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Previous Challenge Entry
Topic: Poor (10/25/04)

TITLE: Poor Babes in the Woods
By Karen Treharne
10/31/04

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I remember a song my mother used to sing to my brother and me when we were children. It was called “Poor Babes in the Woods”* and it went something like this: “My dear do you know, how a long time ago, there were three little babies, whose names I don’t know. Who were stolen away on a fine summer’s day, and were lost in the woods, so I’ve heard people say.”

As the story goes, they spend a night in the woods and die. Later, they are found by robins who gather around and shelter them with leaves. The ending is: “And when they were dead, the Robins so red, brought strawberry leaves and over them spread. And all the night long, they sang them this song, Poor Babes in the Woods, Poor Babes in the Woods.”

Yes, I agree that this isn’t your typical bedtime story. But for me, at least, it was a lesson about the “poor”.

As you might expect, when mom first sang us this song, we cried. And we asked, how could such a thing happen. Where were their parents? Were they cold when it got dark? Were they scared? Why didn’t God save them?

Mom agreed that it was indeed very sad. But at least the children weren‘t alone she said. She pointed out to us that they were able to keep each other warm when the sun went down, and she assured us that they prayed together.

“But, why didn’t God save them?”

Her answer was, “He did. He brought them home to be with Jesus”. She went on to explain how special these children were to God. How He had sent the birds to watch over them and cover them with the delicate leaves from the wild strawberry plants that grew in the woods. And, she also told us that even though they were lost and alone, even though they missed their parents, and even though they were probably scared, God blessed them by ending their suffering and bringing them to His home for safe keeping.

Now, I won’t tell you that I understood all of what mom explained to us at that first moment. But through the years, I remember begging her to sing that song again and again. And each time, she would explain what the song was all about. I was somehow drawn to its sadness and memorized the words, which I later sang to my own children and now to my grandchildren.

For whatever reason, God spoke to me through this song about the poor in general. Those lost in the streets of our cities, those without food or warm beds or clothing. And when I sang to and taught my loved ones about this song, it was an opportunity for me to talk to them about the many blessings we had received from God. How lucky we were to have parents who cared for and protected us; how fortunate we were to live in a home with heat; how God had provided us with food and clothing…and loving relationships. How Jesus gave us the greatest gift we’ll ever receive…His life. And how it is because of His love and sacrifice that we will live with Him in heaven for eternity…just like the three poor ones in the song. It was a blessing for all of us to discuss how God cares for His children.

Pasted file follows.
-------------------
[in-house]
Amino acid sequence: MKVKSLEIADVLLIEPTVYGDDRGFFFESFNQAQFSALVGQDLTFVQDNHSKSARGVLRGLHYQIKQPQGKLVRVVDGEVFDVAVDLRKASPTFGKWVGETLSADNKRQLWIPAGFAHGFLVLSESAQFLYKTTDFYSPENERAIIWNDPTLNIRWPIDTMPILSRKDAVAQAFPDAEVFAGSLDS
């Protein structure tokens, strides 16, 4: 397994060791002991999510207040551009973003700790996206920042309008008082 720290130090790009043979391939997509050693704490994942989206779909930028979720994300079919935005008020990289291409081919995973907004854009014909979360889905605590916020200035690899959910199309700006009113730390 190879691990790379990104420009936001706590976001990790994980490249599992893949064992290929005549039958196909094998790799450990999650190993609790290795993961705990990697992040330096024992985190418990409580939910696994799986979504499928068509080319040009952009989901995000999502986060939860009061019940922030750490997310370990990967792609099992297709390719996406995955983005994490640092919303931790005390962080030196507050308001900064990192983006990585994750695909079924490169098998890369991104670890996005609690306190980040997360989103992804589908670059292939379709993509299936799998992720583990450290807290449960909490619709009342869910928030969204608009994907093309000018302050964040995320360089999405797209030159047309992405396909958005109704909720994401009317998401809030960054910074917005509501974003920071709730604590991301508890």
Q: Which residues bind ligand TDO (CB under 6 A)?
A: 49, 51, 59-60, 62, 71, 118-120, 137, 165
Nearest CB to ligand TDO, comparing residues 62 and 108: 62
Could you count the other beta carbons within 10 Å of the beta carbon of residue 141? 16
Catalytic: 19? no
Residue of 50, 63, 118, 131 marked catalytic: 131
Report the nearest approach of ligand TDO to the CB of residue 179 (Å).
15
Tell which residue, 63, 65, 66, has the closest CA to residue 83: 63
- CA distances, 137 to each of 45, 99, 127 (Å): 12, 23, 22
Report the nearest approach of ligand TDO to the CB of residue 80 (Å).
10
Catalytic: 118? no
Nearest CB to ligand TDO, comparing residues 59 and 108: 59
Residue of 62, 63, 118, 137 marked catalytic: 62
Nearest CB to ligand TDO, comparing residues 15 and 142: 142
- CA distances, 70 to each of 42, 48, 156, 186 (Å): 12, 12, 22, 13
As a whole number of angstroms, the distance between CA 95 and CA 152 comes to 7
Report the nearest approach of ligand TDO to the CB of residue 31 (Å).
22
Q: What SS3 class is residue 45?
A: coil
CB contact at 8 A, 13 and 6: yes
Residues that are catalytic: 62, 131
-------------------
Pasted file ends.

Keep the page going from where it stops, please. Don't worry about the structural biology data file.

In the Beatitudes, Jesus speaks of the “poor in spirit” (Matthew 5:3, NIV) who have little help and little hope except to call on God and to trust in His goodness. Psalm 91:4 (LASB-NLT**) says “He will shield you with his wings. He will shelter you with his feathers.” And in Psalm 91: 15, we are told that “When they [the poor] call on me, I will answer;” (LASB-NLT**)

He answered the prayers of the babes in the woods by rescuing them from their earthly suffering and giving them His eternal protection. He blessed them when He shielded them from further pain with the help of the robins who represented His wings and His feathers. And He took them to the safest place possible…cradled in the warmth of His arms in heaven.

I still cry when I sing this song…and I still feel richly blessed by it.


*By Charles Wayne Barnum for his wife
**Life Application Study Bible-New Living Translation


Member Comments
Member Date
Corinne Smelker11/01/04
I never could get into that story! But I am glad it brought you closer to God.

This is a well written story, and I enjoyed the scripture references you used.
Lucian Thompson11/01/04
Karen, I never heard this song. Loved the way you tell the story. Thanks.
Phyllis Inniss 11/05/04
What a lovely thing your mother did by bringing out the spiritual aspect of the song and using it as a lesson to you when you were children. You were richly blessed.
Hope Horner11/06/04
I have never heard the "Poor Babes in the Woods" song, but now I want to! I think it would be neat if you could actually write the story of the "babes" using the song as a guide. I am sure I am not the only one who would be interested in reading it. Great job! Thanks for sharing and God bless.
Debbie OConnor11/06/04
I like this. I am amazed at how many children's songs/stories have really frightening messages. Your mother did a wonderful thing in using it to teach you a valuable spiritual lesson. What you said about not entirely understanding what it was all about, but wanting to hear it over and over reminds me of my son's four year old obsession with the crucifixion. He wanted to hear the story repeatedly and would look at the pictures in his children's Bible for so long I was concerned. Then one night he told me that the part of the story he liked best was that "He saved me!" Your article was great!
Cyndy McNaul-Nelson11/07/04
My mother did the same. She always sang us ballads. We would climb into her lap saying,"Sing us a song Mommy. Sing us a song."
We would cry,ask her questions,and she would answer in the same way.